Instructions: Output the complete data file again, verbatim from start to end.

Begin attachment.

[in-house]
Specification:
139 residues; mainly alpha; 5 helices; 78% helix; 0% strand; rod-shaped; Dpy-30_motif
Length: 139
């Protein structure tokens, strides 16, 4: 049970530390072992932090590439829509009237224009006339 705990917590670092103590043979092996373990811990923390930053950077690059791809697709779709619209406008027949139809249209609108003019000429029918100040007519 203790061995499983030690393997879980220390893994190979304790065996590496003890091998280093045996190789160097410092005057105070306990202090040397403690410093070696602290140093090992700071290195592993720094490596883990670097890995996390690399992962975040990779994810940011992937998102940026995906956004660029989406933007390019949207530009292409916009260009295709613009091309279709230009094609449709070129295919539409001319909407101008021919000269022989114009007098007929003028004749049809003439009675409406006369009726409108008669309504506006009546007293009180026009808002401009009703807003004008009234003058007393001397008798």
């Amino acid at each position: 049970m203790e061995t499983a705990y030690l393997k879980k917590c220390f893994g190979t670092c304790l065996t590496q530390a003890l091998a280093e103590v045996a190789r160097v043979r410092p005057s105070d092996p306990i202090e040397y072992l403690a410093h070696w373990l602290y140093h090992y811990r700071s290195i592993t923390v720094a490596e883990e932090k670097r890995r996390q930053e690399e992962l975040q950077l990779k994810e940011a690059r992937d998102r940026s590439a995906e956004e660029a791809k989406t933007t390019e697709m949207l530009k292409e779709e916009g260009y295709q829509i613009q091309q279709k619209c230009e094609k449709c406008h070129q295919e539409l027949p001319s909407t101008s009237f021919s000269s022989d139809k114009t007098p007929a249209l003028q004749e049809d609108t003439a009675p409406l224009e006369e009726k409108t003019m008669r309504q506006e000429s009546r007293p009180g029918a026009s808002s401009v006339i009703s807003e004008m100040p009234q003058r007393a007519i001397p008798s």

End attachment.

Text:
[in-house]
Specification:
139 residues; mainly alpha; 5 helices; 78% helix; 0% strand; rod-shaped; Dpy-30_motif
Length: 139
């Protein structure tokens, strides 16, 4: 049970530390072992932090590439829509009237224009006339 705990917590670092103590043979092996373990811990923390930053950077690059791809697709779709619209406008027949139809249209609108003019000429029918100040007519 203790061995499983030690393997879980220390893994190979304790065996590496003890091998280093045996190789160097410092005057105070306990202090040397403690410093070696602290140093090992700071290195592993720094490596883990670097890995996390690399992962975040990779994810940011992937998102940026995906956004660029989406933007390019949207530009292409916009260009295709613009091309279709230009094609449709070129295919539409001319909407101008021919000269022989114009007098007929003028004749049809003439009675409406006369009726409108008669309504506006009546007293009180026009808002401009009703807003004008009234003058007393001397008798």
């Amino acid at each position: 049970m203790e061995t499983a705990y030690l393997k879980k917590c220390f893994g190979t670092c304790l065996t590496q530390a003890l091998a280093e103590v045996a190789r160097v043979r410092p005057s105070d092996p306990i202090e040397y072992l403690a410093h070696w373990l602290y140093h090992y811990r700071s290195i592993t923390v720094a490596e883990e932090k670097r890995r996390q930053e690399e992962l975040q950077l990779k994810e940011a690059r992937d998102r940026s590439a995906e956004e660029a791809k989406t933007t390019e697709m949207l530009k292409e779709e916009g260009y295709q829509i613009q091309q279709k619209c230009e094609k449709c406008h070129q295919e539409l027949p001319s909407t101008s009237f021919s000269s022989d139809k114009t007098p007929a249209l003028q004749e049809d609108t003439a009675p409406l224009e006369e009726k409108t003019m008669r309504q506006e000429s009546r007293p009180g029918a026009s808002s401009v006339i009703s807003e004008m100040p009234q003058r007393a007519i001397p008798s």